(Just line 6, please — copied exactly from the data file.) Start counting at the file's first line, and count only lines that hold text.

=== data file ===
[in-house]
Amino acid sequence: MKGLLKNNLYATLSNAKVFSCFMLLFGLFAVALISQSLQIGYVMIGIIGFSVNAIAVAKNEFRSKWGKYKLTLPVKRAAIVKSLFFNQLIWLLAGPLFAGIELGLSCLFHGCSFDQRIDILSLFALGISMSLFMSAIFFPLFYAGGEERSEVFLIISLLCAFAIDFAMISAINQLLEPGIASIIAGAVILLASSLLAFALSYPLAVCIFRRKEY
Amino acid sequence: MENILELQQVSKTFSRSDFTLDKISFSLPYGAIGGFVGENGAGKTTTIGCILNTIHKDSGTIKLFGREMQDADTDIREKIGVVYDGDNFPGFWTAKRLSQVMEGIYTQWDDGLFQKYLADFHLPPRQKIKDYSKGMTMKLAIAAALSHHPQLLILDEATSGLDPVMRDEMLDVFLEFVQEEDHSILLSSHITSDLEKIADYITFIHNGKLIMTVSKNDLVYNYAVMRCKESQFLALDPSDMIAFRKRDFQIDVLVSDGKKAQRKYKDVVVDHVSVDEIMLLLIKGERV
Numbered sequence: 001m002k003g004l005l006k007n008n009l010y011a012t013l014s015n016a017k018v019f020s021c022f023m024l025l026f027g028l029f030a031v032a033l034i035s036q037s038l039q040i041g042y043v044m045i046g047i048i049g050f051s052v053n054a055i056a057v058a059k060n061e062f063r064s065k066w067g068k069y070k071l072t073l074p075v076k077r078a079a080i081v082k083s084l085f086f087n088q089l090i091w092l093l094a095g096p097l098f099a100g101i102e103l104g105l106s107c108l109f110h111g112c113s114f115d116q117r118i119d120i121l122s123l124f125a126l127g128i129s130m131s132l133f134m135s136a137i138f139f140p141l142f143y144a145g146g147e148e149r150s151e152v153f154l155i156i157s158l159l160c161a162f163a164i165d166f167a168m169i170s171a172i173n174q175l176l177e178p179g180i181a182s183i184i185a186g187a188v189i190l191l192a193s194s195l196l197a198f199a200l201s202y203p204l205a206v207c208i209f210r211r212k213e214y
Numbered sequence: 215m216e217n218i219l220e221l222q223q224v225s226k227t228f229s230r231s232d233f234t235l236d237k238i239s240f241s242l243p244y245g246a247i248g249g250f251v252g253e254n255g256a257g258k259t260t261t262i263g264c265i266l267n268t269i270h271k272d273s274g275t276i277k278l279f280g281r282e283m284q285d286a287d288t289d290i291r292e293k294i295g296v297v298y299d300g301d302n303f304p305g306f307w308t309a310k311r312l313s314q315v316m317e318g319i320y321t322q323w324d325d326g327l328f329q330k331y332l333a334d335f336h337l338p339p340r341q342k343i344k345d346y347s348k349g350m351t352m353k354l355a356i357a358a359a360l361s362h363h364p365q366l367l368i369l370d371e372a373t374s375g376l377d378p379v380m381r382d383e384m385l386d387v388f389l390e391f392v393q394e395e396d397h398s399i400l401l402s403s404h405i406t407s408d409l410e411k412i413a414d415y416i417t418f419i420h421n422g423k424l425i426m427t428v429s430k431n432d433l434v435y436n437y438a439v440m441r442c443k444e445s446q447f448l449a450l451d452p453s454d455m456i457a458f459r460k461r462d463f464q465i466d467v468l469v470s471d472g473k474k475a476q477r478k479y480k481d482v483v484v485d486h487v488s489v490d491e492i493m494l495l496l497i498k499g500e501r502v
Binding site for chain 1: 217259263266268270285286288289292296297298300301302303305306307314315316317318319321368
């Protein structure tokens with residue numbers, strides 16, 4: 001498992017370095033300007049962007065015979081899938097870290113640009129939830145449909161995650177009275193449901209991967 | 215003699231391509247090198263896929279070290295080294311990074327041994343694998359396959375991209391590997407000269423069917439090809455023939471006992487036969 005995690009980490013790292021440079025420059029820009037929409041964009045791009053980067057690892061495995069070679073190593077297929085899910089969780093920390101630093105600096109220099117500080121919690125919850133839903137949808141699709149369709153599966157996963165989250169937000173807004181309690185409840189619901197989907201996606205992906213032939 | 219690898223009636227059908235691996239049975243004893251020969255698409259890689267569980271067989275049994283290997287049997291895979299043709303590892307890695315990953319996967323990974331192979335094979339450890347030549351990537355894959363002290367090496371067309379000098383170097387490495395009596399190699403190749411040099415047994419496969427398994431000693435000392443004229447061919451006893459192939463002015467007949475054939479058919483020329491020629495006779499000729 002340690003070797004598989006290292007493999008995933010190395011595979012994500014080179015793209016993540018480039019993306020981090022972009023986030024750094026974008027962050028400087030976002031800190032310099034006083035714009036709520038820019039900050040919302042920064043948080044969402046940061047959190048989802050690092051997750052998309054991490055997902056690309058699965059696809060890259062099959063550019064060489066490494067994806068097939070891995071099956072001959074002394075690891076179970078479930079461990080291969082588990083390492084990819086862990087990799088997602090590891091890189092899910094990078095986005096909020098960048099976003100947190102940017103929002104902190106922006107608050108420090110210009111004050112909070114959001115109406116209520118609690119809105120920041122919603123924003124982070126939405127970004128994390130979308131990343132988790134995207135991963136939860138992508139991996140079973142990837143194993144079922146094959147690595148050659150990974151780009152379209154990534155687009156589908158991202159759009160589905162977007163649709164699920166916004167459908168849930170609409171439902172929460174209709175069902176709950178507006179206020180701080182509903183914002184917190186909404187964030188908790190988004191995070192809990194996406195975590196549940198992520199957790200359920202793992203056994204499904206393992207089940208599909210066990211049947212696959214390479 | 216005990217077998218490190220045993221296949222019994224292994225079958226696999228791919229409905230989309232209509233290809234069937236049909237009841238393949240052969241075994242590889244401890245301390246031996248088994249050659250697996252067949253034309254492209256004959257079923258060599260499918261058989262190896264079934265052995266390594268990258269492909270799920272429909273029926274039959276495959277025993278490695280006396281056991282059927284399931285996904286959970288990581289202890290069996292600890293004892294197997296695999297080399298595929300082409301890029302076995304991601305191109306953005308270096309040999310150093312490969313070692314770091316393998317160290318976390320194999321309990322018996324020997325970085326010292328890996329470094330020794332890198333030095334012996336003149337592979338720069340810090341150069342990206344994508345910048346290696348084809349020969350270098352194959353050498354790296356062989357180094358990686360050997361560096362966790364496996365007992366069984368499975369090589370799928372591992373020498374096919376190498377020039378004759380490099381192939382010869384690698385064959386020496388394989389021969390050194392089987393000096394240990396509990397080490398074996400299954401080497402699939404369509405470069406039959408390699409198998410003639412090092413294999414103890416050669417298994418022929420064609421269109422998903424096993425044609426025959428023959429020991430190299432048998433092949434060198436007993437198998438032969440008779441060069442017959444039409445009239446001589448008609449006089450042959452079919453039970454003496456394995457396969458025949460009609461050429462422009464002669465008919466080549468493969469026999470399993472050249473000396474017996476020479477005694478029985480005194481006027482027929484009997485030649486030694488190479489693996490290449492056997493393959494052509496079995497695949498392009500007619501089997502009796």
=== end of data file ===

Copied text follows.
Binding site for chain 1: 217259263266268270285286288289292296297298300301302303305306307314315316317318319321368